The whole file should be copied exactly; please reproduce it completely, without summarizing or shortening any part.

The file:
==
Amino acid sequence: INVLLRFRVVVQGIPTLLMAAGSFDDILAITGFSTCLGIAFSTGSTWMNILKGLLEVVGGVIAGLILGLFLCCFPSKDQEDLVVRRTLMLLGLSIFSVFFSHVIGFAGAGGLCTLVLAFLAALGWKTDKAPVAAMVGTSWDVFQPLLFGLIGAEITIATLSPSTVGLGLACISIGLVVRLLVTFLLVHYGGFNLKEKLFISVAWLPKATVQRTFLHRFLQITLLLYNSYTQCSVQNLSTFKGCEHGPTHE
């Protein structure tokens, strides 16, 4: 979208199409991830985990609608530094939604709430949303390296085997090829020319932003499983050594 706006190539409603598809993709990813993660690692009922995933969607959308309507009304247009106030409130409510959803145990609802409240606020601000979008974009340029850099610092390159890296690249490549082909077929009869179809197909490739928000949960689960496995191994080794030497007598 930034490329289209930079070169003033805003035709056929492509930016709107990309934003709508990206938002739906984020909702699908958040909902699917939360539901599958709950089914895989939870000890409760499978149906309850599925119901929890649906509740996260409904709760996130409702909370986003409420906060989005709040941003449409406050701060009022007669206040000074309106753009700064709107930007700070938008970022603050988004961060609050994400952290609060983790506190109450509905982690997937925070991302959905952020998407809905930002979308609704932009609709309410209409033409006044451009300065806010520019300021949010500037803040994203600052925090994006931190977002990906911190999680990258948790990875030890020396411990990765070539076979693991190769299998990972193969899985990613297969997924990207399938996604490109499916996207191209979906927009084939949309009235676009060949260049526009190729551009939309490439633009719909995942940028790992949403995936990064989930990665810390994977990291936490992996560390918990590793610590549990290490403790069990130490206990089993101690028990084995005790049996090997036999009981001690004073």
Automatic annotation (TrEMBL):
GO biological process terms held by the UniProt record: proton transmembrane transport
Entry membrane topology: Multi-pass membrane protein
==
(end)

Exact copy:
Amino acid sequence: INVLLRFRVVVQGIPTLLMAAGSFDDILAITGFSTCLGIAFSTGSTWMNILKGLLEVVGGVIAGLILGLFLCCFPSKDQEDLVVRRTLMLLGLSIFSVFFSHVIGFAGAGGLCTLVLAFLAALGWKTDKAPVAAMVGTSWDVFQPLLFGLIGAEITIATLSPSTVGLGLACISIGLVVRLLVTFLLVHYGGFNLKEKLFISVAWLPKATVQRTFLHRFLQITLLLYNSYTQCSVQNLSTFKGCEHGPTHE
């Protein structure tokens, strides 16, 4: 979208199409991830985990609608530094939604709430949303390296085997090829020319932003499983050594 706006190539409603598809993709990813993660690692009922995933969607959308309507009304247009106030409130409510959803145990609802409240606020601000979008974009340029850099610092390159890296690249490549082909077929009869179809197909490739928000949960689960496995191994080794030497007598 930034490329289209930079070169003033805003035709056929492509930016709107990309934003709508990206938002739906984020909702699908958040909902699917939360539901599958709950089914895989939870000890409760499978149906309850599925119901929890649906509740996260409904709760996130409702909370986003409420906060989005709040941003449409406050701060009022007669206040000074309106753009700064709107930007700070938008970022603050988004961060609050994400952290609060983790506190109450509905982690997937925070991302959905952020998407809905930002979308609704932009609709309410209409033409006044451009300065806010520019300021949010500037803040994203600052925090994006931190977002990906911190999680990258948790990875030890020396411990990765070539076979693991190769299998990972193969899985990613297969997924990207399938996604490109499916996207191209979906927009084939949309009235676009060949260049526009190729551009939309490439633009719909995942940028790992949403995936990064989930990665810390994977990291936490992996560390918990590793610590549990290490403790069990130490206990089993101690028990084995005790049996090997036999009981001690004073």
Automatic annotation (TrEMBL):
GO biological process terms held by the UniProt record: proton transmembrane transport
Entry membrane topology: Multi-pass membrane protein